Deschutes County notifies mental health clients of missing records
May 09,2008 00:00 by Bend_Weekly_News_Sources

BEND, Ore. -- On Saturday, May 3, the Deschutes County Mental Health Department sent certified letters to 50 individuals who received services from the Department during 2005-06. The letters inform the clients that the location of their copied service documents, mailed through the U.S. Postal Service to the State, is unknown. The letter also offers assistance from Department staff and a free credit monitoring service to each person for the next 12 months. 

The Department provided mental health services to more than 3,400 clients during the year in question. No other current or former clients are affected by this situation. 

The missing copies were hand-delivered to the U.S. Post Office in Bend. The State’s Provider Audit Unit reports that the materials were not received at the office in Salem. The State auditor who requested the information and Deschutes County staff continue to try to trace and locate the documents. This effort includes contacts with multiple Postal Service locations. As of Monday, the documents have not been located.

The Department mailed the information in response to a letter from the State of Oregon Department of Human Services requiring the County to provide information for a specific list of clients.  For each person, the request related to services completed in 2005-06. The request was part of a routine data review conducted by the State’s Office of Payment Accuracy and Recovery.  That office monitors health agencies to help ensure the correct use of Federal Medicaid funds.

Originals of all documents remain in the possession of the Mental Health Department. The requested information is being reassembled and will be hand-delivered to the manager of the Audit Unit this week.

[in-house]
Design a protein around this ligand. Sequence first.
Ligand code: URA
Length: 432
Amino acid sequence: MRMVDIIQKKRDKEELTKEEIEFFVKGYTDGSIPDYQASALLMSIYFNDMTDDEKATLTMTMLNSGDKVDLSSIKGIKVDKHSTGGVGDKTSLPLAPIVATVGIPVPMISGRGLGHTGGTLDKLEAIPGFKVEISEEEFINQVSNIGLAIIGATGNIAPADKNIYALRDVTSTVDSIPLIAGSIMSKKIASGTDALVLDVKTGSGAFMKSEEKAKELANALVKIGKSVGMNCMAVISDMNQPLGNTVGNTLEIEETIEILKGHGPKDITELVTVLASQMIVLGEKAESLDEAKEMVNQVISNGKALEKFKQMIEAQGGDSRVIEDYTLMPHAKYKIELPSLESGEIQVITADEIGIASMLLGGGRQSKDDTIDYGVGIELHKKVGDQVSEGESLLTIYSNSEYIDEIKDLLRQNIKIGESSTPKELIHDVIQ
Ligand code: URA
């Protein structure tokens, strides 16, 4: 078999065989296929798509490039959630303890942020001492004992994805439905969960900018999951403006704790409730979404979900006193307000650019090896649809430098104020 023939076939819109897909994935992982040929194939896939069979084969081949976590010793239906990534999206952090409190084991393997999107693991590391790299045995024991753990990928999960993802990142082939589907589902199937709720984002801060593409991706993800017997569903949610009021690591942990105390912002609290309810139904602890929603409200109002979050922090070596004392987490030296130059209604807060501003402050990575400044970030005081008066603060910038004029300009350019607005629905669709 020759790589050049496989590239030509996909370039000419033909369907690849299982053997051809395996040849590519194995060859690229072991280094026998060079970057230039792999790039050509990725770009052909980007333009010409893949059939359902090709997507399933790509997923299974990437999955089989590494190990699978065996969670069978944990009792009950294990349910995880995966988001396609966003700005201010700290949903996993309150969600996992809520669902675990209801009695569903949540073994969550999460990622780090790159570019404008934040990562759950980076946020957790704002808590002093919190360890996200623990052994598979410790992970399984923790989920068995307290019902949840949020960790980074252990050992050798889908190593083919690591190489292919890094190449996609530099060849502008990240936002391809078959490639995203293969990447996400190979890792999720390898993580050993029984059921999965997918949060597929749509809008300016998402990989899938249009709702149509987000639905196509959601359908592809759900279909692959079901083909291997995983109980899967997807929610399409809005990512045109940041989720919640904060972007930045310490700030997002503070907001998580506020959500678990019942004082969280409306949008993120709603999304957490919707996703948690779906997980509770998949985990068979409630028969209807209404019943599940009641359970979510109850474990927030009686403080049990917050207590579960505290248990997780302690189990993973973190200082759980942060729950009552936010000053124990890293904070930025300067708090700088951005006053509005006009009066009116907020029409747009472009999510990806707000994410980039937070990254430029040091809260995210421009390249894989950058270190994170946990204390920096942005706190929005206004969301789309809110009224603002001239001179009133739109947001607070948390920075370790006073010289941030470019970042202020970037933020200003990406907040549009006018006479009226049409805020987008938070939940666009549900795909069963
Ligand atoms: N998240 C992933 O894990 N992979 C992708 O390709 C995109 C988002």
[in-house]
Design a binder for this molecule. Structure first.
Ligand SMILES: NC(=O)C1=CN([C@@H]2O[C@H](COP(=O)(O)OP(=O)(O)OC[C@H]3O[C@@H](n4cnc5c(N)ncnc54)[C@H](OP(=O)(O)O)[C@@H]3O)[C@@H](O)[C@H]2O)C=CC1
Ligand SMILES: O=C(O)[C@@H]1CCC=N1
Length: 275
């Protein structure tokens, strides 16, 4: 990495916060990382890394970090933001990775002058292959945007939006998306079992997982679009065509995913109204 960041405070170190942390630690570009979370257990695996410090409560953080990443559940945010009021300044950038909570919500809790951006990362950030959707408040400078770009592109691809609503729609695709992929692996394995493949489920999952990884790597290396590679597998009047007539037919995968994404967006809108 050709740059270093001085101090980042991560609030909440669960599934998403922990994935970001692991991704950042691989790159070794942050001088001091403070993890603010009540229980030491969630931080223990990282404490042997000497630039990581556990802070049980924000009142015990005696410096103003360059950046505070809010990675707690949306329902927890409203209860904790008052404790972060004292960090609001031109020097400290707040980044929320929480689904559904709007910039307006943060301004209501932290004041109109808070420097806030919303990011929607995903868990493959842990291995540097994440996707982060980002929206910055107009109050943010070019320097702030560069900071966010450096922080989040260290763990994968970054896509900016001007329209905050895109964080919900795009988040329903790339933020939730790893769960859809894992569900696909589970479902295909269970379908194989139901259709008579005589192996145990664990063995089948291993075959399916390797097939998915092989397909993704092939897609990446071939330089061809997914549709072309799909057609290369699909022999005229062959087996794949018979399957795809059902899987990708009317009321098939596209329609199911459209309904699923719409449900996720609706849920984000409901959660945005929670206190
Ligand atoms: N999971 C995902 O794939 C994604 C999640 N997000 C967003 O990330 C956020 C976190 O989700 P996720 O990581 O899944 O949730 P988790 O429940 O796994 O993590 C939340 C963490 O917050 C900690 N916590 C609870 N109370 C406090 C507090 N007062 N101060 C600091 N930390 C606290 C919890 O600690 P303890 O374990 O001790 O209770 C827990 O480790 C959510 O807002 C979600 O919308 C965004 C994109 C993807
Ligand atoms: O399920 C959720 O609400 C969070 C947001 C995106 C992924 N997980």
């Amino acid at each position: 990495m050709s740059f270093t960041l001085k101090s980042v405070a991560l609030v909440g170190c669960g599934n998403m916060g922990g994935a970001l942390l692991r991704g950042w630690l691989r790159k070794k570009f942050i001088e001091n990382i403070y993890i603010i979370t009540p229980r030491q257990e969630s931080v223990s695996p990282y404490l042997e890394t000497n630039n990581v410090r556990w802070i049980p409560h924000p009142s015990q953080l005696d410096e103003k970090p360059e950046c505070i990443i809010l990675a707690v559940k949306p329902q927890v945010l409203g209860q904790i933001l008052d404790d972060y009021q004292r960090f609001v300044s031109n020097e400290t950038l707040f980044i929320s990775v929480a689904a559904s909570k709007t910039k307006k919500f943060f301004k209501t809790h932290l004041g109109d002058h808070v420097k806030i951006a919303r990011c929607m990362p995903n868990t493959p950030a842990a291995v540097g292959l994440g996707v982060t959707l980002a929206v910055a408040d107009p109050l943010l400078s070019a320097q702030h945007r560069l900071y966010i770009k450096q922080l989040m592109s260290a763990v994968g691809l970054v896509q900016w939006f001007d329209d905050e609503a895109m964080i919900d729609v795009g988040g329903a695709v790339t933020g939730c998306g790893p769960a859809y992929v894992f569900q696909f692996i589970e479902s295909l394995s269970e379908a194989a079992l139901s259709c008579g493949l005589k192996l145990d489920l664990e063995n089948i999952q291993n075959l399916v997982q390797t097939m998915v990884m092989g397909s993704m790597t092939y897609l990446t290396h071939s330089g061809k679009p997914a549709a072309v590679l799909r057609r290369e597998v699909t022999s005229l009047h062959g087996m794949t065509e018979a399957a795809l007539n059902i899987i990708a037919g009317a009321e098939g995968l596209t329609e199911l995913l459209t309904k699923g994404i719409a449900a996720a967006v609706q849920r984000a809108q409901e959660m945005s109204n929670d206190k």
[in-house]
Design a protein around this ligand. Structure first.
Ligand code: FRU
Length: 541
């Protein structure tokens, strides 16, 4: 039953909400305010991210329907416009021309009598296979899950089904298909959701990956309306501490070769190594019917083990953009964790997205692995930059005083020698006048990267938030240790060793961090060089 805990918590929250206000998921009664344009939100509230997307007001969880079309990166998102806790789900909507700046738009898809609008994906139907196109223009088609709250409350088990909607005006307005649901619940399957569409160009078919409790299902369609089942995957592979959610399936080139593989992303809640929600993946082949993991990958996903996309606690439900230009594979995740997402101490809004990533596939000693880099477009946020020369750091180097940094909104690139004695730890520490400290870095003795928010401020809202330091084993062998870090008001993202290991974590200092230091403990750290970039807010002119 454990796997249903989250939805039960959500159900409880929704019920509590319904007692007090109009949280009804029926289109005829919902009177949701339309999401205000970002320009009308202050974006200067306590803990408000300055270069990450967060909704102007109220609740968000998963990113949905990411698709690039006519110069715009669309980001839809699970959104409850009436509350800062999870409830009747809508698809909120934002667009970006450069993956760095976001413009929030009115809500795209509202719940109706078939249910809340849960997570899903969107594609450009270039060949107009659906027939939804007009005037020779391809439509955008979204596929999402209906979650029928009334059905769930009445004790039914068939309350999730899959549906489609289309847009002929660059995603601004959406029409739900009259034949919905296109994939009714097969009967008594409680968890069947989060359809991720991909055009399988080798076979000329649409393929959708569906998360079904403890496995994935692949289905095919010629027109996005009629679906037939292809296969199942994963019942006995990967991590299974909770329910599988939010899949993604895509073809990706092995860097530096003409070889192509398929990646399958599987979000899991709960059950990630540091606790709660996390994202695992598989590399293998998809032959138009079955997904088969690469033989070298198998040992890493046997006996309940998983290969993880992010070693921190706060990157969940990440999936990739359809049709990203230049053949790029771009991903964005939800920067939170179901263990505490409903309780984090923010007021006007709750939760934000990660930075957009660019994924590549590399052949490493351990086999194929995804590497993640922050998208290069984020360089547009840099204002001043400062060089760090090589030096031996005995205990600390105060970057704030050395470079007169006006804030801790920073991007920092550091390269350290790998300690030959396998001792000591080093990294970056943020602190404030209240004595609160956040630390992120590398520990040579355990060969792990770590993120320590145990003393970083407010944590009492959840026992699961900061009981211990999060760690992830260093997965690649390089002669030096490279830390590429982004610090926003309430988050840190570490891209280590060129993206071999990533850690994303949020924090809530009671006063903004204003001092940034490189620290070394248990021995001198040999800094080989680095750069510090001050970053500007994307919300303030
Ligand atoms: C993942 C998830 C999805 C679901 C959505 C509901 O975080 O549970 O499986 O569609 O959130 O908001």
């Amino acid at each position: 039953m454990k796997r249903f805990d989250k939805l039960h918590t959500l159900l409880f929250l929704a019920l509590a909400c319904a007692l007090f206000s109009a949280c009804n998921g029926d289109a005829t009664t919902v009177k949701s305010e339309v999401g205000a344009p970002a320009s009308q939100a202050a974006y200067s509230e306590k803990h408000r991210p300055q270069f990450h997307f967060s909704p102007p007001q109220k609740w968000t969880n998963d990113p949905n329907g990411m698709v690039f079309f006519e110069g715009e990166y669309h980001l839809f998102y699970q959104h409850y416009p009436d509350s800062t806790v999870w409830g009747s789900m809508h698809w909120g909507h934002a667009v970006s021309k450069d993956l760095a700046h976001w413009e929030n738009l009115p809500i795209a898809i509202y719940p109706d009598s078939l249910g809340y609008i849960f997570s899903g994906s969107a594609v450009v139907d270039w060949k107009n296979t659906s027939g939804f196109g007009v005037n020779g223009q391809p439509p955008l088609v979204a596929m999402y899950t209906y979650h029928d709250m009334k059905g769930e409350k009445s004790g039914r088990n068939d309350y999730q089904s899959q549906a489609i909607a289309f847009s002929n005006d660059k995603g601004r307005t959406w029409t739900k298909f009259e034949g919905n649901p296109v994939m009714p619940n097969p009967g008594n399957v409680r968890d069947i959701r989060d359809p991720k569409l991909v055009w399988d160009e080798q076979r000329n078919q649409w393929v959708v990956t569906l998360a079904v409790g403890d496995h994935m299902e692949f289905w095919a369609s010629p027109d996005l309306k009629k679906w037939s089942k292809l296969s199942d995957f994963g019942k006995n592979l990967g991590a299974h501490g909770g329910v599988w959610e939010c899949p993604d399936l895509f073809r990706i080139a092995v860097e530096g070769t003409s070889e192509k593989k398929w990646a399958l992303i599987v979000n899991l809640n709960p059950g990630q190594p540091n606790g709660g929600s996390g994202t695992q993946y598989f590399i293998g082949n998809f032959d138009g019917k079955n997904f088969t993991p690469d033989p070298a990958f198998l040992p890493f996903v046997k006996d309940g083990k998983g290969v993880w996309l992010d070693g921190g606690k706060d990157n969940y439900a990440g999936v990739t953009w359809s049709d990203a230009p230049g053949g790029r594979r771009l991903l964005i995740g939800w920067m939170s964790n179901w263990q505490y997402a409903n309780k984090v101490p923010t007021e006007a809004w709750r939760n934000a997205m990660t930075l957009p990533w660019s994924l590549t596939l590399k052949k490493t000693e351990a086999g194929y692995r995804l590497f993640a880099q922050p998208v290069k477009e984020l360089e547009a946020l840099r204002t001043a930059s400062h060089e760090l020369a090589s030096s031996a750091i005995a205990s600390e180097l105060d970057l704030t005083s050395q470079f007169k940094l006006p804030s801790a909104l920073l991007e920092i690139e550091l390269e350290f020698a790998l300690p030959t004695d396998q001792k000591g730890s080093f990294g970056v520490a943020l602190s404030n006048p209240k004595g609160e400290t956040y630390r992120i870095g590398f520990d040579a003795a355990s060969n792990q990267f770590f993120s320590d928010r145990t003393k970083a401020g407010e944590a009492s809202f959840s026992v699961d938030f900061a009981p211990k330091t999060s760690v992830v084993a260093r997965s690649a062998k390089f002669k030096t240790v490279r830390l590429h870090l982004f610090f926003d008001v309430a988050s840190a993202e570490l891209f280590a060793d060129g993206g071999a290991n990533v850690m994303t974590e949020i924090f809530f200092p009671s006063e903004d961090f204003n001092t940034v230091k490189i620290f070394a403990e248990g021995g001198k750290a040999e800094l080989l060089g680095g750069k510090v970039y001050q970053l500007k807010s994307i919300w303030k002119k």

While there is no evidence that the missing records have been used inappropriately, staff in the Deschutes County Mental Health Department are treating the matter seriously. Protecting health information is a matter of critical importance to the Department. Since being notified of the missing copies, the Department’s information request process has been evaluated. Even though   the process was proven sound, and no legal violations were found, Mental Health continues to review its processes for protecting and providing health records. The County’s Health Insurance Portability and Accountability Act (HIPAA) compliance officer met with Department staff last week. He reviewed and approved the Department’s current document processing practices.

According to www.oregon.gov, the Health Insurance Portability and Accountability Act (HIPAA) is the first comprehensive federal protection of individual privacy. The U.S. Congress passed the act in 1996. It also sets national standards to protect personal health information, reduces health care fraud and waste through standardized electronic transactions and codes, and makes health coverage more portable. The Mental Health Department also operates within requirements and guidelines established by the State of Oregon.

Anyone affected by this situation will receive a certified letter with contact information and instructions to receive the credit report service.

The Deschutes County Mental Health Department provides and contracts for mental health and alcohol and drug services for residents of Deschutes County. The Department also provides help for people with developmental disabilities and their families. The Mental Health Department’s general phone number is 322-7500.